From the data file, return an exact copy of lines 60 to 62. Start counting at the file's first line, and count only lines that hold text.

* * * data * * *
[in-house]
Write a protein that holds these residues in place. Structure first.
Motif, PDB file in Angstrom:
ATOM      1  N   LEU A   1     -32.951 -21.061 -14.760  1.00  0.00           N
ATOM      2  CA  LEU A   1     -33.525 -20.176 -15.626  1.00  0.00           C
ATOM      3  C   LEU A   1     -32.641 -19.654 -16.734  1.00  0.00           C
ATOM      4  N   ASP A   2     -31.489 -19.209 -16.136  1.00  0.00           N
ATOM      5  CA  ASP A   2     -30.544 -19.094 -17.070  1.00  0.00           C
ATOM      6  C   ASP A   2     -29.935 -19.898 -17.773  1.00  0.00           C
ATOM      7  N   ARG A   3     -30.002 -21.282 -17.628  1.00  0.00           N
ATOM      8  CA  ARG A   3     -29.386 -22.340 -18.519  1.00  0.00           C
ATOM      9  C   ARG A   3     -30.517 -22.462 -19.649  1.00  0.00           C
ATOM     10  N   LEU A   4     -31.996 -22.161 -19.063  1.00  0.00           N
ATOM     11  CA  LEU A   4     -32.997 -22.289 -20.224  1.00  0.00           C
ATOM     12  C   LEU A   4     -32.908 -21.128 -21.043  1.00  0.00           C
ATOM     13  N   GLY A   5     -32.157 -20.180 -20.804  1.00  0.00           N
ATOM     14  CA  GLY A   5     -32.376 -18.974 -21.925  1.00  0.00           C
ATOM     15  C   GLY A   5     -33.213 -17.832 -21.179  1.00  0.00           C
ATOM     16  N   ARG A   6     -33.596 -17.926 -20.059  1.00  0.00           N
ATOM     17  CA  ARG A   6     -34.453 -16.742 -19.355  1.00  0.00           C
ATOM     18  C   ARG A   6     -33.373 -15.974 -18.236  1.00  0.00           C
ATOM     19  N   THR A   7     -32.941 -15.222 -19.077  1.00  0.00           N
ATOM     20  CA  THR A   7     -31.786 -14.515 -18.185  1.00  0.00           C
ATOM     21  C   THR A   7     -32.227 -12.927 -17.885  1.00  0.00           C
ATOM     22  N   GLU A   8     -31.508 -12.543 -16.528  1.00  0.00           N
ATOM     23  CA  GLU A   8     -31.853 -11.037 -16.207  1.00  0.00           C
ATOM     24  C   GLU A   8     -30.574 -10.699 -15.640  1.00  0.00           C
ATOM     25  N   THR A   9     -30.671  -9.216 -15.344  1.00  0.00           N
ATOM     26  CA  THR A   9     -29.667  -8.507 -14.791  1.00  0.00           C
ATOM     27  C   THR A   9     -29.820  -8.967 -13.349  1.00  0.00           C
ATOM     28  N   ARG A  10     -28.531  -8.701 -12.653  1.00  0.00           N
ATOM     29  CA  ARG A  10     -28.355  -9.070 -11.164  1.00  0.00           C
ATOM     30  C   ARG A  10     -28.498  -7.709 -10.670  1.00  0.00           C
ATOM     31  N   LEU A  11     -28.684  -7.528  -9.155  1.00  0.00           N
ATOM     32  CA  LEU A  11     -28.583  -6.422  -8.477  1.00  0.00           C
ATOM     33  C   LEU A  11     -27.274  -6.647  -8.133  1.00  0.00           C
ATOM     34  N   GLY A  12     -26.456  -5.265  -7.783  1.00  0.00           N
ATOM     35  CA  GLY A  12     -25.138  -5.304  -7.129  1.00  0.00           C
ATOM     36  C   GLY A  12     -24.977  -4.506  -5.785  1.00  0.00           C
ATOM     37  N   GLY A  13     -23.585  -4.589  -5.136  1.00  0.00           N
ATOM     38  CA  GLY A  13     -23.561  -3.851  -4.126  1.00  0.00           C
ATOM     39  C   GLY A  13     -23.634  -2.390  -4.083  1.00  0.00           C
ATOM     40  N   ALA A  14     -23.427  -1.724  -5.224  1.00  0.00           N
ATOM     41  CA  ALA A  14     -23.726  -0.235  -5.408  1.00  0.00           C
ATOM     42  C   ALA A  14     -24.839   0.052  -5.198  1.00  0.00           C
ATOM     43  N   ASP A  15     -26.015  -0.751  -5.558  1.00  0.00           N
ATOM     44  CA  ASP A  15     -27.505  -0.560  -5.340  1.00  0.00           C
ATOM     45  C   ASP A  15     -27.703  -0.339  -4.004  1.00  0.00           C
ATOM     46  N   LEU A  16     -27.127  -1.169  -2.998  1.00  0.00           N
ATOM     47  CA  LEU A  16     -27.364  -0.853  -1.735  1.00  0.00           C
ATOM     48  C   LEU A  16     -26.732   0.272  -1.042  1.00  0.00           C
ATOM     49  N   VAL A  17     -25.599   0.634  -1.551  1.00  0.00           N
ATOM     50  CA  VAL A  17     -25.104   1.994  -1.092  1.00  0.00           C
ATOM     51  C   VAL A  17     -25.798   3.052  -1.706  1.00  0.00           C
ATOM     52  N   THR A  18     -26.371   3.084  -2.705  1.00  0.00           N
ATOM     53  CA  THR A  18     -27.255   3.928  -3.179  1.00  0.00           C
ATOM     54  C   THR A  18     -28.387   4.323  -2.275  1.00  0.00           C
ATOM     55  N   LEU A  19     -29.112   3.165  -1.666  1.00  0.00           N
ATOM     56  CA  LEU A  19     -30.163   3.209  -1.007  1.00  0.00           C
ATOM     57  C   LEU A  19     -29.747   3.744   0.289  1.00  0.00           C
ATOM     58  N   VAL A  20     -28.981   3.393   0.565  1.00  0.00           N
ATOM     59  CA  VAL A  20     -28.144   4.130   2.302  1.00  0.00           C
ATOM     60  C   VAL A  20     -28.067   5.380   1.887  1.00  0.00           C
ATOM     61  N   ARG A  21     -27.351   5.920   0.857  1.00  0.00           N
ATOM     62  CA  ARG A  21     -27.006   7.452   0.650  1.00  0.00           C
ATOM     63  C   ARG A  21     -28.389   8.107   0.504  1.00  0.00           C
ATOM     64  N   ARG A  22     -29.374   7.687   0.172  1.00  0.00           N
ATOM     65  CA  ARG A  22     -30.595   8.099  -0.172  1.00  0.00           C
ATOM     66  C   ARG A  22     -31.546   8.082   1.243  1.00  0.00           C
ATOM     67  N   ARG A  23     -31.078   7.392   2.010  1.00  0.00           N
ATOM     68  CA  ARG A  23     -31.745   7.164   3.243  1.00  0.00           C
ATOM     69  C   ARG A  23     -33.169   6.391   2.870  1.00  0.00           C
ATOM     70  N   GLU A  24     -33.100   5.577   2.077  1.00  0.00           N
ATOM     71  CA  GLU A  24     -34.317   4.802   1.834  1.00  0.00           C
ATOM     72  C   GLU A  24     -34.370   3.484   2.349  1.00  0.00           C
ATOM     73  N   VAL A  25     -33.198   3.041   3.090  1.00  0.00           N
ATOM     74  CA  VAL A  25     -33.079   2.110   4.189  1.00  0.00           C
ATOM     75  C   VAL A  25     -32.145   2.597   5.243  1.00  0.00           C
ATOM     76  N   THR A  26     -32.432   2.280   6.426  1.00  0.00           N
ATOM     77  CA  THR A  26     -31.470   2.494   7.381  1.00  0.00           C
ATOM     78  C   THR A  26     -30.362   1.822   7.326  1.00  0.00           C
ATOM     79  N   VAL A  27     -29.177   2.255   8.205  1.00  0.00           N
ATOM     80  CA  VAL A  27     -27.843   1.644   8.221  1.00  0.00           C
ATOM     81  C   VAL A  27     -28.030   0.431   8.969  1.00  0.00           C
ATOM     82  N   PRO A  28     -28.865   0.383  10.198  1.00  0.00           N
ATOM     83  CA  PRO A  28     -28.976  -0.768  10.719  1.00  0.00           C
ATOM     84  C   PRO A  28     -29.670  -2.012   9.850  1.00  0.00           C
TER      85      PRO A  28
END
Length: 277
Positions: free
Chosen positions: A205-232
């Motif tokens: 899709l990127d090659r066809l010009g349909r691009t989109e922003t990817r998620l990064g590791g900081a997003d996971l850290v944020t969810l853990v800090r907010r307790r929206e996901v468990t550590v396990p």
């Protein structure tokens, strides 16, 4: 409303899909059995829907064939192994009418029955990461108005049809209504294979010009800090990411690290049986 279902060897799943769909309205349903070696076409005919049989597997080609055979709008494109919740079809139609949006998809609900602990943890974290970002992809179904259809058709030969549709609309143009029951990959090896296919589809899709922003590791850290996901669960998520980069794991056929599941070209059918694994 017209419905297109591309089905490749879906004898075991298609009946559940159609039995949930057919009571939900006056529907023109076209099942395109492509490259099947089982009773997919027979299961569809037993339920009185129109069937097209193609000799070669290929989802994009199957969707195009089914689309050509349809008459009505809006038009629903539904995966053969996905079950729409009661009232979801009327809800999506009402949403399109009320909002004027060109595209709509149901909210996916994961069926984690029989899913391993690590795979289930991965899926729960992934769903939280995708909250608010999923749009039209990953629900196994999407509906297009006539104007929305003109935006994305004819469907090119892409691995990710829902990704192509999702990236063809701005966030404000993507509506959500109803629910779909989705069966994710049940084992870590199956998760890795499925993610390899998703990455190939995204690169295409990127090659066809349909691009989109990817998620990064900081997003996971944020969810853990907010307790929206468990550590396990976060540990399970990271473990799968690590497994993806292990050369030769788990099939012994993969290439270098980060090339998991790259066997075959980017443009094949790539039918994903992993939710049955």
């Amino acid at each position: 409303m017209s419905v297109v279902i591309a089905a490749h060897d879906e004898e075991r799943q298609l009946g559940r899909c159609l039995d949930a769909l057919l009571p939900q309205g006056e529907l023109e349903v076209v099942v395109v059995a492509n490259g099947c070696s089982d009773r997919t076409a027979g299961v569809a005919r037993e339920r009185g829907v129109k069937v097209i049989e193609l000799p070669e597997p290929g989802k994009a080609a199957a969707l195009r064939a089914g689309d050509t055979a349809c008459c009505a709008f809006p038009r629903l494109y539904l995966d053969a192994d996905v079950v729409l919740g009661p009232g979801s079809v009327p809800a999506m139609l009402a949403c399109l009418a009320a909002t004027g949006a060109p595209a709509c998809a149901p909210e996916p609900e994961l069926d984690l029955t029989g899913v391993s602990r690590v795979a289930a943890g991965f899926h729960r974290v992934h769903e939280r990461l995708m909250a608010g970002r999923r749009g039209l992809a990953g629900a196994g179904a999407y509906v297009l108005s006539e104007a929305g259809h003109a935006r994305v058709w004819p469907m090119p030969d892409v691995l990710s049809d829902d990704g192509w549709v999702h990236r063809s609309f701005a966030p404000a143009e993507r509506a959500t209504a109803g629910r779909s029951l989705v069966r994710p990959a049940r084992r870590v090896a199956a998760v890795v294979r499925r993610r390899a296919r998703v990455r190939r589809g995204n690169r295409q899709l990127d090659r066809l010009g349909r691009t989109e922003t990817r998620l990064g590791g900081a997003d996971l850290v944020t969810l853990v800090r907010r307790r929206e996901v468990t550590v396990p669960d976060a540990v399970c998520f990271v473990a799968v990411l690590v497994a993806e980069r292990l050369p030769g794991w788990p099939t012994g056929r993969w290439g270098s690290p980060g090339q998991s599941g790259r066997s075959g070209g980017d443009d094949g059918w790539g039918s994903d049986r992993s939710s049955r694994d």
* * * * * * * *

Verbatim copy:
ATOM     57  C   LEU A  19     -29.747   3.744   0.289  1.00  0.00           C
ATOM     58  N   VAL A  20     -28.981   3.393   0.565  1.00  0.00           N
ATOM     59  CA  VAL A  20     -28.144   4.130   2.302  1.00  0.00           C